Toddler art is all about the process, and teachers and caregivers need to know how to expose toddlers to art in developmentally appropriate ways that allow the child to learn, explore, and eventually create.
Art is a Process
Many have heard the saying, "Art is a process, not a product." When parents and teachers are able to heed these wise words, students are empowered to make discoveries on their own.
Toddlers naturally make new discoveries every day. Art activities for toddlers must be set up to allow them to simply discover and explore different art materials and mediums. Toddlers who are allowed to enjoy art unhindered by adult expectations sometimes have no product at the end because the materials have been experimented with and completely used up.
The Joy of Art Exploration
The youngest art students are learning about texture and cause and effect; they are also perfecting their motor skills.Their art experiences (like many of their experiences) are about discovering and interacting with the world around them.
Little ones (and adults, too) learn via repetition. If a child wants to paint what looks to adults like the same picture every day, share their excitement. Ask them to tell you about the picture. It could be a different story every time. Encourage their enthusiasm by being enthusiastic.
Put everything they make on display. Toddlers make abstract art with zeal -- celebrate and decorate with their work. This will encourage them to continue to boldly explore through their later years.
Scribbles and Paints
When toddlers and the very young draw and paint, they start with very large movements and as they develop skills and awareness they progress to making smaller and smaller motions and squiggles. These progressions are developmentally significant pre-writing skills.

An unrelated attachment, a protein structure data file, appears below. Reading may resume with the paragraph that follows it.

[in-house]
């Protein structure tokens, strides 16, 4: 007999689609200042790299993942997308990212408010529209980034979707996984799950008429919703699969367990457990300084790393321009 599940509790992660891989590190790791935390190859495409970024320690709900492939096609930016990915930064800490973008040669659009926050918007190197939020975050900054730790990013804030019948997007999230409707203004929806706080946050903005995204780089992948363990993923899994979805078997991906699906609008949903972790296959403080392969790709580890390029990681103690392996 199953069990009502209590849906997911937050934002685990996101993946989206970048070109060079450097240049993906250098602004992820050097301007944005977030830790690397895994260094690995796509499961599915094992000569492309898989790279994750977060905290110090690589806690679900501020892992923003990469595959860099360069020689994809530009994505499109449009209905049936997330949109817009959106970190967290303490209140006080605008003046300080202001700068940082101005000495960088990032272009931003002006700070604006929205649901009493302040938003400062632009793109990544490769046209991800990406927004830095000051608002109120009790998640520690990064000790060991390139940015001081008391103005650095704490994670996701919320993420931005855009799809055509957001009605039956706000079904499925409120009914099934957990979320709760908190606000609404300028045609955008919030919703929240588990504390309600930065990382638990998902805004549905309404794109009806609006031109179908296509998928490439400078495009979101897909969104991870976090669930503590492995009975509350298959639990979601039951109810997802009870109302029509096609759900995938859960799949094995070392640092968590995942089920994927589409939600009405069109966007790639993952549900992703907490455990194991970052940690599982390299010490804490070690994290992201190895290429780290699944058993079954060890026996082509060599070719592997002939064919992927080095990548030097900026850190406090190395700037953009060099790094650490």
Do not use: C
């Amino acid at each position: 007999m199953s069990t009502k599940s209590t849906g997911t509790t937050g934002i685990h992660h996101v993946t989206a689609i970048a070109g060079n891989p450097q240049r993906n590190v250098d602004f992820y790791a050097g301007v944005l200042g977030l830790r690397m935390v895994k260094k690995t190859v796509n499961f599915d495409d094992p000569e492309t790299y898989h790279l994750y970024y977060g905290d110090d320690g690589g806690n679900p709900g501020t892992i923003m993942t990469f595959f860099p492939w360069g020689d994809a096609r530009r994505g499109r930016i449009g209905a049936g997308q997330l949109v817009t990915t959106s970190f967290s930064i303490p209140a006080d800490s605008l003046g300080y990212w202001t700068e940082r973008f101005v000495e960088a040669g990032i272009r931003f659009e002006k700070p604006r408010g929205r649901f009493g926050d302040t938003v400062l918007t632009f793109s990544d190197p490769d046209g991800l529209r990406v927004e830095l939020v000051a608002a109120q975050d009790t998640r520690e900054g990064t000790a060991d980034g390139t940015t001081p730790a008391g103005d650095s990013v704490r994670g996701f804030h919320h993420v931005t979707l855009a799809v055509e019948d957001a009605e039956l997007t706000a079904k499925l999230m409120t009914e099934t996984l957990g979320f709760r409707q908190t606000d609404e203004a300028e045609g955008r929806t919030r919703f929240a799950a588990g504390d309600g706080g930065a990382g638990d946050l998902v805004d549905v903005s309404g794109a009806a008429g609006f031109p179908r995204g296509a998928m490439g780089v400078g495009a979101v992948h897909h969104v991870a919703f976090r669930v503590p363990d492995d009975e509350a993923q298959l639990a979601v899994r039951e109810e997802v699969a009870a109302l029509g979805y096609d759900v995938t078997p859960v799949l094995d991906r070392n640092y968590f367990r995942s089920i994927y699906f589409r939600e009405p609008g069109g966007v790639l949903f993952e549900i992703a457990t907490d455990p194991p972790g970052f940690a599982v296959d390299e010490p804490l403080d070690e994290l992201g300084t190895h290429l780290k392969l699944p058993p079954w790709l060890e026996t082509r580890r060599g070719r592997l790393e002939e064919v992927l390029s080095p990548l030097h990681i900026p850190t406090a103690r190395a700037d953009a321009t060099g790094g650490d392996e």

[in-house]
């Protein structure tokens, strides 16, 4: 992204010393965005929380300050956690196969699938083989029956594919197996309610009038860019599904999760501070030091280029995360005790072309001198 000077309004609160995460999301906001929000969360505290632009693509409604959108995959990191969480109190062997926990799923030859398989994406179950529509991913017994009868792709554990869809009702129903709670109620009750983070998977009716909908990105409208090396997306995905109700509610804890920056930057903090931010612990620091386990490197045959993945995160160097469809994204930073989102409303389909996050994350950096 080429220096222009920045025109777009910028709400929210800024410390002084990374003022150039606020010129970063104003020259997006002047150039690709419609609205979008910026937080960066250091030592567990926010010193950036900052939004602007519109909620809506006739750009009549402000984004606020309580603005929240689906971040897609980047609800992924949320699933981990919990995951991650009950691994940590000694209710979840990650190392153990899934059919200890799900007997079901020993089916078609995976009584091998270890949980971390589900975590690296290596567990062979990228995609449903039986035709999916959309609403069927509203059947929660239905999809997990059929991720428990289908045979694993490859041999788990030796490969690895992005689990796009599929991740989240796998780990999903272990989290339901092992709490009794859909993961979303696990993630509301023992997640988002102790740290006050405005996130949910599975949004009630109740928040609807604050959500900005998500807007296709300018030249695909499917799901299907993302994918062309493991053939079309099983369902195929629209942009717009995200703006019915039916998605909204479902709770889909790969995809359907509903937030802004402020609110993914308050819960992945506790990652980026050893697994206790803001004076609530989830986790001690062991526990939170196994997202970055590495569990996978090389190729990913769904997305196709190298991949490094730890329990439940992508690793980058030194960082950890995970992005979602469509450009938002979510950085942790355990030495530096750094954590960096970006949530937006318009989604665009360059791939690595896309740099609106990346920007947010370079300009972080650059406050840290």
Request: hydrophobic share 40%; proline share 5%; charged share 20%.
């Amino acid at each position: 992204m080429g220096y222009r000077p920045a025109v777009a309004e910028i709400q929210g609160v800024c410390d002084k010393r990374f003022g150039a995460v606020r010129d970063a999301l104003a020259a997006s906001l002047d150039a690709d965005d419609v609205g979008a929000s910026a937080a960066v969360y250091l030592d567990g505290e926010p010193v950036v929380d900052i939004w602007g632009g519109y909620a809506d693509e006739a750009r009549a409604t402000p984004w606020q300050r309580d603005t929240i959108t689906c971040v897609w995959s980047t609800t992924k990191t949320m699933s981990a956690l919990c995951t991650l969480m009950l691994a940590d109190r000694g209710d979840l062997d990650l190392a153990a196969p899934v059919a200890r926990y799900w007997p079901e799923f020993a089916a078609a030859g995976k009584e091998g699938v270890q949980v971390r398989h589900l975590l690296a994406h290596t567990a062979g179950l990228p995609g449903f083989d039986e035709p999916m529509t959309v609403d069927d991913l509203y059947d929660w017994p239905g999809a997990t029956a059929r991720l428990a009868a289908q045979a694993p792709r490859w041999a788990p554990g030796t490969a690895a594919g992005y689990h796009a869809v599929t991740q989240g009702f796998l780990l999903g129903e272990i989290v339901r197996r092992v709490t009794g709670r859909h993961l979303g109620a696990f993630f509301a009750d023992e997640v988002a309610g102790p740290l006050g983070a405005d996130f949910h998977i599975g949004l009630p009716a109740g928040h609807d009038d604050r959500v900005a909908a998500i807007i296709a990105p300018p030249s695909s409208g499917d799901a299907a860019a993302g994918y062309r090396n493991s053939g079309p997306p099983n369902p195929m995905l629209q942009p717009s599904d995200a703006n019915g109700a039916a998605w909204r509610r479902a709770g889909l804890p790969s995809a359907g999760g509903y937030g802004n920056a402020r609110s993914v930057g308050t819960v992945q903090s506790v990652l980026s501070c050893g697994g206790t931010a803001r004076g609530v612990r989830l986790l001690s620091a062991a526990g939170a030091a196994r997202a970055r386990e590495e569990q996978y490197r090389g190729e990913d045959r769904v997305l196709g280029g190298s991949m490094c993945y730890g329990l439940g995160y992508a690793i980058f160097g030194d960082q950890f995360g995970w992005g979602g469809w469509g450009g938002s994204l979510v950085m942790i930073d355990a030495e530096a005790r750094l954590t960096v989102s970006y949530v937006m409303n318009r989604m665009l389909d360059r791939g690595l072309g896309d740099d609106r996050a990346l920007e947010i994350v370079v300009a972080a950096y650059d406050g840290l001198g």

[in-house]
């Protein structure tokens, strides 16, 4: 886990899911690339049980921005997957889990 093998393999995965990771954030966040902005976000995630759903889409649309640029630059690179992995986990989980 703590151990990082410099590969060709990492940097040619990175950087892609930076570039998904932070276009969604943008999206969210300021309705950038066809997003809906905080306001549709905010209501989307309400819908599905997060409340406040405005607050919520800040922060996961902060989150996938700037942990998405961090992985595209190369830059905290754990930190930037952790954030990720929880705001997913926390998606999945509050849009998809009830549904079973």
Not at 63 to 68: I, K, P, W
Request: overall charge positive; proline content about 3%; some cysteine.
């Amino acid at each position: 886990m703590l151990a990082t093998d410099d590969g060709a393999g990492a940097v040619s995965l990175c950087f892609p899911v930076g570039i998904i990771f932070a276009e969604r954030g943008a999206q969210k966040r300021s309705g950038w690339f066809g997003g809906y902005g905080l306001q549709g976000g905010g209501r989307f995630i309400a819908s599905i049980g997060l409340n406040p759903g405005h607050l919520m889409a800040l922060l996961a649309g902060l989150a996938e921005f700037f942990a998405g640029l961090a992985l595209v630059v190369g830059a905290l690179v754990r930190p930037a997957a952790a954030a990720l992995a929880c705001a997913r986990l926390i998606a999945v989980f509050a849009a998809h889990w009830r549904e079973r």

Toddlers love to stand at art easels and paint. A fun way to turn painting into a group activity is to spread butcher paper along a wall or table or floor.
The toddlers will most likely paint long streaks of paint. They will hold the brush tightly in their hands, and move their entire arm at the shoulder to control the paintbrush. Therefore, toddlers need space when they paint, so don't crush them all in the same small area. Let them spread out.
As they gain skills, their arms will lower and they will bend their elbows as they create at the easel. The next step is controlling and using the wrist to manipulate the way the brush acts on the paper, and later the fingers. (Children may graduate from toddler rooms before they have developed all of the above skills.) The opportunity to hold a brush or crayon and practice these movements every day is highly beneficial for toddlers.
Most toddlers will choose finger painting over painting with a brush, because they want to experience what the paint feels like.
Clays and Doughs
Play doughis an all time favorite, although many toddlers need to be reminded that play dough is not a snack. It is easy to make home-made play dough and there are many recipes available.
At the toddler level, children enjoy punching and poking the dough. They are learning all about what the dough feels like and cause and effect. In addition to allowing them to explore unhindered, teachers can show toddlers how to make snakes by rolling the dough between their hands or on the table. This motion is a good motor skill for toddlers to work on.
With any toddler art activities, expect repetition and enjoy the exploration and discovery of seemingly simple things.